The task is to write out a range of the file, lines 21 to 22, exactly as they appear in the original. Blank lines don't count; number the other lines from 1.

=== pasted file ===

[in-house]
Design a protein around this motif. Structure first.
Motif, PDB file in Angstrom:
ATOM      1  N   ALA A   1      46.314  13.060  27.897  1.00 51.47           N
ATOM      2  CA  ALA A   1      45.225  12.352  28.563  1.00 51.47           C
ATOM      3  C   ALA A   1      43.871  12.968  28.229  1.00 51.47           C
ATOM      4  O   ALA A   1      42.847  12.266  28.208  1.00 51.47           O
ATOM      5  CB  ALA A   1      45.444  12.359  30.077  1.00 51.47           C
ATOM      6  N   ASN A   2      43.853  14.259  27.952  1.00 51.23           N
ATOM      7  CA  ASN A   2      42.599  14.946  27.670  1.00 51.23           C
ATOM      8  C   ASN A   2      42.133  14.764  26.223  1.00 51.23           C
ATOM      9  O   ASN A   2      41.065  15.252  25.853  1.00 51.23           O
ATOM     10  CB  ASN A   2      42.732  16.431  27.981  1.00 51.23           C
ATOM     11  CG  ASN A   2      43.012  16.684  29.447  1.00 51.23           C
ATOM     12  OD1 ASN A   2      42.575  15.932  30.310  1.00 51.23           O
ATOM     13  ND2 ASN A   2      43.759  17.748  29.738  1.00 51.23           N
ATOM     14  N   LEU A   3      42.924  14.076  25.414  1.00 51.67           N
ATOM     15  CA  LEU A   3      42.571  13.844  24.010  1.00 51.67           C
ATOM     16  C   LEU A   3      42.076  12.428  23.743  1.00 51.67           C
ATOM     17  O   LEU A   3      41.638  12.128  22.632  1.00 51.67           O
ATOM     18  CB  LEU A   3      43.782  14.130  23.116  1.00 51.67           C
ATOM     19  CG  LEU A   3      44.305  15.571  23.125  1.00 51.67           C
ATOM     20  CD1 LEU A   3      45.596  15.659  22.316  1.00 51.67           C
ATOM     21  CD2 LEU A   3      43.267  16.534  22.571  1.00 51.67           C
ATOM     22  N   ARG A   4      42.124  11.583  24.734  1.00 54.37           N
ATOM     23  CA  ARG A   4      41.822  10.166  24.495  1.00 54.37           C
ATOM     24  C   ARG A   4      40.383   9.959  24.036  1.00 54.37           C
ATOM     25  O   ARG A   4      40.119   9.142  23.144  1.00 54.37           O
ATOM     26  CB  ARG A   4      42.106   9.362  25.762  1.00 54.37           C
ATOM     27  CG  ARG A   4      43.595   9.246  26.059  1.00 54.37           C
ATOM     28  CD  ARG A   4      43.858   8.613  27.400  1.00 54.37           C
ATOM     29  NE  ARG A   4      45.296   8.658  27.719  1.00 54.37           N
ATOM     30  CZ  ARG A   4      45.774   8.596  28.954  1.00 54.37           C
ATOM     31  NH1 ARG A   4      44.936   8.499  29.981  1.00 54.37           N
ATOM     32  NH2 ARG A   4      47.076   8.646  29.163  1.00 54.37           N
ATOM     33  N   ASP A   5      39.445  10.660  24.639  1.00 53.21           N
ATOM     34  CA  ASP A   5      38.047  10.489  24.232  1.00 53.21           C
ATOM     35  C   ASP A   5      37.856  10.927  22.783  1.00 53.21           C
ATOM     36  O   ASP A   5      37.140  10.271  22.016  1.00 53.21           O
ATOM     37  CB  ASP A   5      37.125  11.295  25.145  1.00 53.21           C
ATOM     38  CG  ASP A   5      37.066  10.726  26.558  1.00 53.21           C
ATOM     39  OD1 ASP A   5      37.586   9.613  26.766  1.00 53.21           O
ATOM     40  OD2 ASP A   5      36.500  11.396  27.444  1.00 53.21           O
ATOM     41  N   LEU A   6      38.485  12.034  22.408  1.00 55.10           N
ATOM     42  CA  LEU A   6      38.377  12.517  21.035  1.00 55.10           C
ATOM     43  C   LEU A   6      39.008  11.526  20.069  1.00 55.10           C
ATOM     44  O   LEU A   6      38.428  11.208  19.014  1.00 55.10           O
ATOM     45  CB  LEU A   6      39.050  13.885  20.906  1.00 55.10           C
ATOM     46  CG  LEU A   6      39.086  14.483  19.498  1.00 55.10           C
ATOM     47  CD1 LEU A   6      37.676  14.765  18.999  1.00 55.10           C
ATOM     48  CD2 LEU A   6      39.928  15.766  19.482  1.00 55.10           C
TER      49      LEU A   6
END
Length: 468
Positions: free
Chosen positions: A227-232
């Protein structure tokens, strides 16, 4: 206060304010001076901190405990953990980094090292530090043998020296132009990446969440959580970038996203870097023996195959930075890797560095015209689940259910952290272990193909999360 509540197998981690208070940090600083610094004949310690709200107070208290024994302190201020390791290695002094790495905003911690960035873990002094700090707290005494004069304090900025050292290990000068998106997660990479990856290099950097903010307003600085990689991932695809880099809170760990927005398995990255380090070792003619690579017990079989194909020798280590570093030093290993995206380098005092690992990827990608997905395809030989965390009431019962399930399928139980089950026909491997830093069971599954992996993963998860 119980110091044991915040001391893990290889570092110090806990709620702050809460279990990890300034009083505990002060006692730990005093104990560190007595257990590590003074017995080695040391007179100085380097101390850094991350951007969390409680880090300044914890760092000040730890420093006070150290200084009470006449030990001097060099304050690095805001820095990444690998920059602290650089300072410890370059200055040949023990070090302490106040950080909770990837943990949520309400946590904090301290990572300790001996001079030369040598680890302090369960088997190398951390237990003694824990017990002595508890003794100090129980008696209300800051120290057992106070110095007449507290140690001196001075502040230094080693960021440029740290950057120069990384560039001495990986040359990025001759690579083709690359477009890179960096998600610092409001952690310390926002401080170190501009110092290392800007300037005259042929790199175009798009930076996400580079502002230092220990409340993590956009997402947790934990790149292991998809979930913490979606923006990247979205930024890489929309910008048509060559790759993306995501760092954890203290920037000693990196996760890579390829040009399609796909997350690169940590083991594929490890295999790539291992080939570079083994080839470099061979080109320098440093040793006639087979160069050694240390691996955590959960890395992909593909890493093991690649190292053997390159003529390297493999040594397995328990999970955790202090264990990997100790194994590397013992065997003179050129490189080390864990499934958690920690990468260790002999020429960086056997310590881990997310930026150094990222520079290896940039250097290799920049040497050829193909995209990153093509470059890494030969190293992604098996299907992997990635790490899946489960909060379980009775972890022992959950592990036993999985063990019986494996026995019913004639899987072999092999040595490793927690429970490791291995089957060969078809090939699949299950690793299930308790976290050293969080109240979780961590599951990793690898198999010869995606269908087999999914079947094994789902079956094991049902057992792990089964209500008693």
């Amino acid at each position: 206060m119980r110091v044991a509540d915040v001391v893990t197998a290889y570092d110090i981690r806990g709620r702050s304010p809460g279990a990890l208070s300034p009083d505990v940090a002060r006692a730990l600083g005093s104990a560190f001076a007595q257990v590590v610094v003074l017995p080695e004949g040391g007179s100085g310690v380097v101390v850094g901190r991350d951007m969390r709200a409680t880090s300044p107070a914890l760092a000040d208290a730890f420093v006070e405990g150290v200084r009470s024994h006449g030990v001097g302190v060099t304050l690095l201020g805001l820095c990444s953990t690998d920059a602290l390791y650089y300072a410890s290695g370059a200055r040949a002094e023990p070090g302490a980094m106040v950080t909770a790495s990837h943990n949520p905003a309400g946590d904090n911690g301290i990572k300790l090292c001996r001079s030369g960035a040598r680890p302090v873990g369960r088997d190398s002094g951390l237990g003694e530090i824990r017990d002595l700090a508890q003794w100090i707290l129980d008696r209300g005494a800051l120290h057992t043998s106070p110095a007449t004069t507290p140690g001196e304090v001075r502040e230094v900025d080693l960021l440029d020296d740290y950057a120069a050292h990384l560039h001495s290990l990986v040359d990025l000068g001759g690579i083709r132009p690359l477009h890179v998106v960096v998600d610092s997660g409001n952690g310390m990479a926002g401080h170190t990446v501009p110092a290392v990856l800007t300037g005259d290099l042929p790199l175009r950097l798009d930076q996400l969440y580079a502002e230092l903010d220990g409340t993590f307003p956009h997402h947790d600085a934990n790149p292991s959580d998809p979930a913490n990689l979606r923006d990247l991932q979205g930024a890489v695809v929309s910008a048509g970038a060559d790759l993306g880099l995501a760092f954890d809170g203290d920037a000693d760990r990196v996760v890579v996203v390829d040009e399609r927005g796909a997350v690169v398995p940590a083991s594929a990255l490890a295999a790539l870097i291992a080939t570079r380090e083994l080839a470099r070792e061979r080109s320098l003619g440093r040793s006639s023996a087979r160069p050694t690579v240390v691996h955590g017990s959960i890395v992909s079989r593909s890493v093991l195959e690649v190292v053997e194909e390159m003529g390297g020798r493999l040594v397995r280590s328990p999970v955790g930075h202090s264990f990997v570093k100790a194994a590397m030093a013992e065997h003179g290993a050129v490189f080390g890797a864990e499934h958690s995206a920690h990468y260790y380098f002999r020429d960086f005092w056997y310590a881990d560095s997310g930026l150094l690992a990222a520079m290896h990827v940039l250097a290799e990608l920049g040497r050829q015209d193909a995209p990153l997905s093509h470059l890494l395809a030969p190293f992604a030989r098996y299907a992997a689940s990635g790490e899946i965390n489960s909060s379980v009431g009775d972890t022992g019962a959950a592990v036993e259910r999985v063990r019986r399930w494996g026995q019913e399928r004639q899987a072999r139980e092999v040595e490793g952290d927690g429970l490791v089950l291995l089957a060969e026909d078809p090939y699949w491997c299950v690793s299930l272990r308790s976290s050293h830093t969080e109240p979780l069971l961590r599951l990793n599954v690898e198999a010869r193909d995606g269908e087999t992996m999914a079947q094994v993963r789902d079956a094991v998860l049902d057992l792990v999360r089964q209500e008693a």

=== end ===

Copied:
ATOM     18  CB  LEU A   3      43.782  14.130  23.116  1.00 51.67           C
ATOM     19  CG  LEU A   3      44.305  15.571  23.125  1.00 51.67           C